Some time back I was asked some very personal questions about heaven.  A young boy asked about a schoolmate who died.  What if he lived a long time and then died.  How would he recognize his friend when he got to heaven?  The very next day the question was put the other way.  A mother, now advanced in years, talked about the child she lost in infancy many years ago.  How would she recognize her daughter in heaven?

The Bible does not tell us everything we would like to know about life after death.  That lack of information does not lie in any reticence on God's part, but rather with our own inability to understand the answer.  Heaven by definition is a realm unlike the world in which we live.  God could tell us everything we wanted to know but the answers wouldn't make sense to us.  It's like trying to explain the color green to a blind man.  Heaven will make perfect sense to us once we get there. 

So the Bible doesn't directly tell us how we will recognize each other in heaven.  But I think there are hints that tell us that we will indeed know each other (and all the redeemed) for that matter.  I Corinthians 13:12 says that "now we see but a poor reflection; then we shall see face to face.  Now I know in part; then I shall know fully, even as I am fully known."  Today we see each other dimly.  Our vision is blocked by our human limitations.  In heaven, the imperfections of age, sickness, weakness, disease and disaster will all be removed.  So will the taint and mark of sin.  The result will be that those in heaven, while retaining the essential core of their personality, will shed all marks of human weakness.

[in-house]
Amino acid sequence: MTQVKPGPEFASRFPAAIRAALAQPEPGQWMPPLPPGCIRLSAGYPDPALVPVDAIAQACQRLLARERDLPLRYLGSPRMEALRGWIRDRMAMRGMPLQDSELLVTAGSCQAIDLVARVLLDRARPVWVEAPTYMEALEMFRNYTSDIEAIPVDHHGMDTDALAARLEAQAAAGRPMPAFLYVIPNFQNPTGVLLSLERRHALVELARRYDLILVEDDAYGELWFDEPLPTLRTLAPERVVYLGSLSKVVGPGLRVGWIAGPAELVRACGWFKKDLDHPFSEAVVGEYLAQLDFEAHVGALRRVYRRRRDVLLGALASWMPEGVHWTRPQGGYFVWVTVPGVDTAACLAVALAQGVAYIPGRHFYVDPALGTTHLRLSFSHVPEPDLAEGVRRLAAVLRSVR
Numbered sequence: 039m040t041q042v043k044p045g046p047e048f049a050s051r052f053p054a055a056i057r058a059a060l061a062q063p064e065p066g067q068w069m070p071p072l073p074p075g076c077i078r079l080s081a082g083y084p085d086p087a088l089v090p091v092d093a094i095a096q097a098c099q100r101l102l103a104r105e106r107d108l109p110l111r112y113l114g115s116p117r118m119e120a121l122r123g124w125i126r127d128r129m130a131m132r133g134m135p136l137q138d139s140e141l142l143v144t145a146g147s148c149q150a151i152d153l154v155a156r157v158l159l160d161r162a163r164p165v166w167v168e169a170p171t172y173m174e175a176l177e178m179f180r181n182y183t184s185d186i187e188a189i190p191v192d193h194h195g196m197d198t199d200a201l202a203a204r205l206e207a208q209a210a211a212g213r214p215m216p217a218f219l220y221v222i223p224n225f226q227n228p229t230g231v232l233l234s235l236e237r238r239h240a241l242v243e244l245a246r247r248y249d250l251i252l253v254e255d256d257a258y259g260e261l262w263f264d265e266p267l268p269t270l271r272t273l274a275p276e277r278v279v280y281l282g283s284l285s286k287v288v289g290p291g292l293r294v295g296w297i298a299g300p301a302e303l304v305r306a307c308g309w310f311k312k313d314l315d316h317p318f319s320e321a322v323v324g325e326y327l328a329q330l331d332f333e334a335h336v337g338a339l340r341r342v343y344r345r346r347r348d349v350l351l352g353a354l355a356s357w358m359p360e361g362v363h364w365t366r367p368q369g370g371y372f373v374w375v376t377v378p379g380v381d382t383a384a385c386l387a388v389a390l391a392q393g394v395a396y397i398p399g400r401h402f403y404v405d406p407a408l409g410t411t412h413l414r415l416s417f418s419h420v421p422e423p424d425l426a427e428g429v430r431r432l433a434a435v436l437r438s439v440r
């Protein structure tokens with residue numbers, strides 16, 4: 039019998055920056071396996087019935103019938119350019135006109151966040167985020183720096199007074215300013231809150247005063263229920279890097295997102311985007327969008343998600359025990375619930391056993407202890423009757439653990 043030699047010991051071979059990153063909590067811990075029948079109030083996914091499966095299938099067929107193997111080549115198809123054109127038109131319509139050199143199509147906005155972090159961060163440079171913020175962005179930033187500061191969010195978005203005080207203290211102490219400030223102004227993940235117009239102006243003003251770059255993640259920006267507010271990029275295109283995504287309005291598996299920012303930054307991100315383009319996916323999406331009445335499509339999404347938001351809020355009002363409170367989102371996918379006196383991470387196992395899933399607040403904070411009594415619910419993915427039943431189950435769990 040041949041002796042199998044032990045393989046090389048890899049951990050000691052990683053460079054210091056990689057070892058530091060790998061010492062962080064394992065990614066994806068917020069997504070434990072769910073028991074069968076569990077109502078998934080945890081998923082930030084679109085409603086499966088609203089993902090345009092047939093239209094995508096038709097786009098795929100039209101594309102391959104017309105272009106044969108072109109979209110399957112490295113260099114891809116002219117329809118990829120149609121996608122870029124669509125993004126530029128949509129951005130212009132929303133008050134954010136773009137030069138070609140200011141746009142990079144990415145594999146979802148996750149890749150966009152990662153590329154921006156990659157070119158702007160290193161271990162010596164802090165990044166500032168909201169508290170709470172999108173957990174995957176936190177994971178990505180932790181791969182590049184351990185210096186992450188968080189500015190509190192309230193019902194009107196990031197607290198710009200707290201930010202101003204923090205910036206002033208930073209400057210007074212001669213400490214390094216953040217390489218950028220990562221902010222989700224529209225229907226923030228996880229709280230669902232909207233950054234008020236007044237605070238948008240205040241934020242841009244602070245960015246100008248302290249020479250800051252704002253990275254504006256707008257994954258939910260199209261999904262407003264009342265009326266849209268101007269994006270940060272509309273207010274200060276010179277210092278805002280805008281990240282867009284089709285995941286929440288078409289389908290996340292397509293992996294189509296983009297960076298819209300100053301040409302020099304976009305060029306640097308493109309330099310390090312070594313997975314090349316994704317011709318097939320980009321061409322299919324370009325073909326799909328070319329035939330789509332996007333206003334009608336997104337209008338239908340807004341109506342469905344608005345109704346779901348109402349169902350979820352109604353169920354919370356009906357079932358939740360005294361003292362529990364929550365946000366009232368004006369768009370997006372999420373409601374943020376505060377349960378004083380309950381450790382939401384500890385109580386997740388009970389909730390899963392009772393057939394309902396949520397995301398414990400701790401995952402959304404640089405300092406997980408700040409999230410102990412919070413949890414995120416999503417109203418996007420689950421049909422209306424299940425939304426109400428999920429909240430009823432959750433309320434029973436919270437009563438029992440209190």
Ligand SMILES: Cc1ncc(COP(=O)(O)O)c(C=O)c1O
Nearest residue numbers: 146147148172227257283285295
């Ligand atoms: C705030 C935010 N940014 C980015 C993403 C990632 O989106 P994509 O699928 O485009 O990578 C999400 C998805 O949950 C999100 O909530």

Will we know each other in heaven?  Yes, of course.  How else could it be heaven if we wandered throughout eternity not recognizing those we have loved in this life?   We will be the same, yet strangely and wonderfully different, transformed by the grace of God. 

One other small hint helps us.  When Jesus was transfigured, Moses and Elijah appeared with him on the mountain.  That's amazing, considering Moses died and Elijah was taken directly to heaven hundreds of years earlier.  But James, Peter and John immediately recognized them. 

That brings me to the answer.  Heaven does not abolish human personality; it perfects it in ways that we can hardly imagine.  In that day we will know each other completely, far beyond our limited knowing in this life.  In the same way that a mother recognizes her daughter's cry in a crowded room, even so we will recognize our loved ones although we have been separated for dozens of years.  Age will not matter.  The passage of time will not matter.  The young boy will recognize his schoolmate and it will be as if he last saw her yesterday.  The mother will know her daughter and the daughter will know her mother. 

How that could be is a mystery to me.  I would not understand the answer if the Lord himself explained it to me.  But I believe with all my heart that it is true.  For the children of God, heaven will be the ultimate family reunion, a place where we will have no difficulty recognizing our loved ones who have gone on before us. 


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